Native Rendering

The workflow so far follows a common model—from the creation of the processing tree, through the measurements and arrangements and up to the paging routine—it is almost the same regardless of the rendering extension. The actual rendering algorithms, however, greatly differ from one another. They have a common input—the pages, added to the rendering queue by the paging algorithm—but their output could be a graphics file, an HTML page or a XAML writer.

Regardless of the selected output, the engine will always try to use the format’s native primitives when rendering. For example, when rendering a report containing a graph, using the HTML rendering extension, the graph will be rendered as a piece of SVG markup, rather than rendering it as a single bitmap image. This allows for better interactivity and high-quality rendering by the browser at any zoom level. However, rendering natively means that each rendering extension has different limitations imposed by the API we use. Such limitation is, for example, the tool tips rendering. Some of the rendering formats like HTML support tool tips natively; others—like PDF—through text annotations, and some—like image rendering formats—do not support tool tips at all. The limitations of each rendering extension are listed in a “design considerations” article in our documentation and must be examined before selecting a target rendering format for our report.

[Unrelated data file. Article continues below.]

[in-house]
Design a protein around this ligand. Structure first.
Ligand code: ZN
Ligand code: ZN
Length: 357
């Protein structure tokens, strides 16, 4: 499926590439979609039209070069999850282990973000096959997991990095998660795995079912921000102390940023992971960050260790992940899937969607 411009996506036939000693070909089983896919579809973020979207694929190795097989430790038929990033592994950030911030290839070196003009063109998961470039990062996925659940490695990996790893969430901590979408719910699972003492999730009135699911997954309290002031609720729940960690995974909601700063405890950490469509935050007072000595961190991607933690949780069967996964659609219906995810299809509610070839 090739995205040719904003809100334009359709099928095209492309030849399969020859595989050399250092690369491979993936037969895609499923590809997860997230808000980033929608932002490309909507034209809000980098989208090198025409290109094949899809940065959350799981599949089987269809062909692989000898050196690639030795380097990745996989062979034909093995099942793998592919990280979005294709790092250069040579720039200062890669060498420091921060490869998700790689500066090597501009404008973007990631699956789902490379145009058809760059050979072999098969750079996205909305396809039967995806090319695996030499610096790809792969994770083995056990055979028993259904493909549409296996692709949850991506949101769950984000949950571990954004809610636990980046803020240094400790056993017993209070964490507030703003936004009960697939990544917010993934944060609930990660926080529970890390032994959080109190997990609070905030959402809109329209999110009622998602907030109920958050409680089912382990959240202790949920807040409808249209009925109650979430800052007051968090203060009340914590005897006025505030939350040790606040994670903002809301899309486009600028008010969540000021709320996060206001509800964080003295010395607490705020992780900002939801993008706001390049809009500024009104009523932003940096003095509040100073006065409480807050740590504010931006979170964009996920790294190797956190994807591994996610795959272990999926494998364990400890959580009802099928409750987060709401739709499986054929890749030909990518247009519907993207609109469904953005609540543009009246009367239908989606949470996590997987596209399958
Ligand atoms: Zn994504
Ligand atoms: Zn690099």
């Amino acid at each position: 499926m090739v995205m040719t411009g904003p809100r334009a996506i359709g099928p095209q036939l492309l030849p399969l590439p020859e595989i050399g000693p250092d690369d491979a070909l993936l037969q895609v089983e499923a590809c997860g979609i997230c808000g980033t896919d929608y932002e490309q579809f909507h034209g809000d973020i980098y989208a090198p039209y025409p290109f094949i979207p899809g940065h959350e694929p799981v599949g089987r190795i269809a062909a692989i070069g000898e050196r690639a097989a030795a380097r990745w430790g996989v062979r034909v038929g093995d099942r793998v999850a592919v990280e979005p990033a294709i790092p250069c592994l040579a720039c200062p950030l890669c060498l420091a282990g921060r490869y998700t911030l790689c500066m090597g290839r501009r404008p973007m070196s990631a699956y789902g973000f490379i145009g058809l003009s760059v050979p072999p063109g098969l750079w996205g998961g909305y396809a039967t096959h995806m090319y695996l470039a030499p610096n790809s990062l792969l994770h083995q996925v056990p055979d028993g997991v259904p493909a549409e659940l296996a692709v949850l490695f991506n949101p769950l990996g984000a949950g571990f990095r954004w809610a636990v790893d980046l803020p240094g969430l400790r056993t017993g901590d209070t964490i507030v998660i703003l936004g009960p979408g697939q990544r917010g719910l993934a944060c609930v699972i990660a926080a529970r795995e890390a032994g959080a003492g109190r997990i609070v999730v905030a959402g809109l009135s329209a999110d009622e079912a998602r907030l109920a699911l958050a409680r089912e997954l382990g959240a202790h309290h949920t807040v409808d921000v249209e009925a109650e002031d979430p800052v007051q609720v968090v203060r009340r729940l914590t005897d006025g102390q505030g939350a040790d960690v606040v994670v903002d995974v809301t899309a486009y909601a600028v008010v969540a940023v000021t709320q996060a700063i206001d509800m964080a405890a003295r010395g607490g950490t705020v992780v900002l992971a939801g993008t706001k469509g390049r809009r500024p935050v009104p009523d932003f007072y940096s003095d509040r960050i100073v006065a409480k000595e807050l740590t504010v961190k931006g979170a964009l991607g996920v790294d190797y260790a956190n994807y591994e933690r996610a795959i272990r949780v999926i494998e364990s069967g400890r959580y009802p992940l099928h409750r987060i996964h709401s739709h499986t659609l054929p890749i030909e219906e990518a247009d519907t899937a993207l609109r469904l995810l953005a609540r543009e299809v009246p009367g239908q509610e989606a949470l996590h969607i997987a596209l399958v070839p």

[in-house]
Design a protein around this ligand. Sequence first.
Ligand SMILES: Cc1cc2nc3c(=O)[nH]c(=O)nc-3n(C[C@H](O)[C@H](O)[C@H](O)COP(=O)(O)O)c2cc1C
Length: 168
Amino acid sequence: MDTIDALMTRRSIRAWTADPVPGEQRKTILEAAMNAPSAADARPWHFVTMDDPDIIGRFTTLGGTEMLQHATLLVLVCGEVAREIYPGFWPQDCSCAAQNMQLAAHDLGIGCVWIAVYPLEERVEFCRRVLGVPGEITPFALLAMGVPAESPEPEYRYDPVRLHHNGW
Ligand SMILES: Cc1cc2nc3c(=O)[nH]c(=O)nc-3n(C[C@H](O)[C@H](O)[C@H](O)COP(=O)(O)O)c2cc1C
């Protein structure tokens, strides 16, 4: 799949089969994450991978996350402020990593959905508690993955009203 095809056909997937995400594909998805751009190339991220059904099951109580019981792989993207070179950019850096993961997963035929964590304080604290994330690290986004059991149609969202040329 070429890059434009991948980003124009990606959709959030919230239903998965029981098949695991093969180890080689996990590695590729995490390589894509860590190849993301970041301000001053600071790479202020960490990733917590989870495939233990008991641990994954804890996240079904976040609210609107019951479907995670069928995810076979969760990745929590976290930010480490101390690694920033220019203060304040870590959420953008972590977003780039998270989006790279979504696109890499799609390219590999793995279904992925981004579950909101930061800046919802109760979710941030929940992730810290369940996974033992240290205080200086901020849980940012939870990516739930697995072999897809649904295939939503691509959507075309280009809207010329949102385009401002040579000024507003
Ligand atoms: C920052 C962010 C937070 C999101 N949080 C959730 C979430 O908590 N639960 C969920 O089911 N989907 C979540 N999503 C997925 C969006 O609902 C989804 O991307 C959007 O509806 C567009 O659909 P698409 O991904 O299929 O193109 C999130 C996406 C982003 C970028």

Let’s see how the actual PDF rendering of our report is performed. When the rendering process is started, the rendering extension creates an instance of a class called PdfDocument and sets its mandatory attributes like root structure, internal dictionaries, etc. When the pagination algorithm sends a page for rendering, the rendering routine picks it and starts traversing the elements placed on that page. Each element already has its page coordinates calculated and its text or other visual data evaluated.

The rendering extension keeps a collection of specific writer classes that are specialized in rendering a particular element type. So when an element needs to be written on the PDF page, the engine picks the appropriate writer based on the element type and calls its method that will write the element contents on the page. For example, the TextBox writer will start the writing process by configuring the text transformation matrix and open a new text object. Then it will obtain the current font used by the TextBox and make sure it exists in the PDF’s font dictionary. After that the writer will recalculate the coordinates to fit the current page, set the text position and output the text glyphs. If needed, the TextBox writer will also add text decorations like underline and strikethrough. Finally it will close the text object and restore the text transformation matrix. The procedure repeats for every paging element on the page until it is completely rendered using the native PDF primitives.

Control the Rendering Extension

Each rendering extension has settings that can be configured through a class called device information settings. These settings can be set programmatically or through the application configuration file—app.config for .NET Framework applications or appsettings.json for .NET Core apps.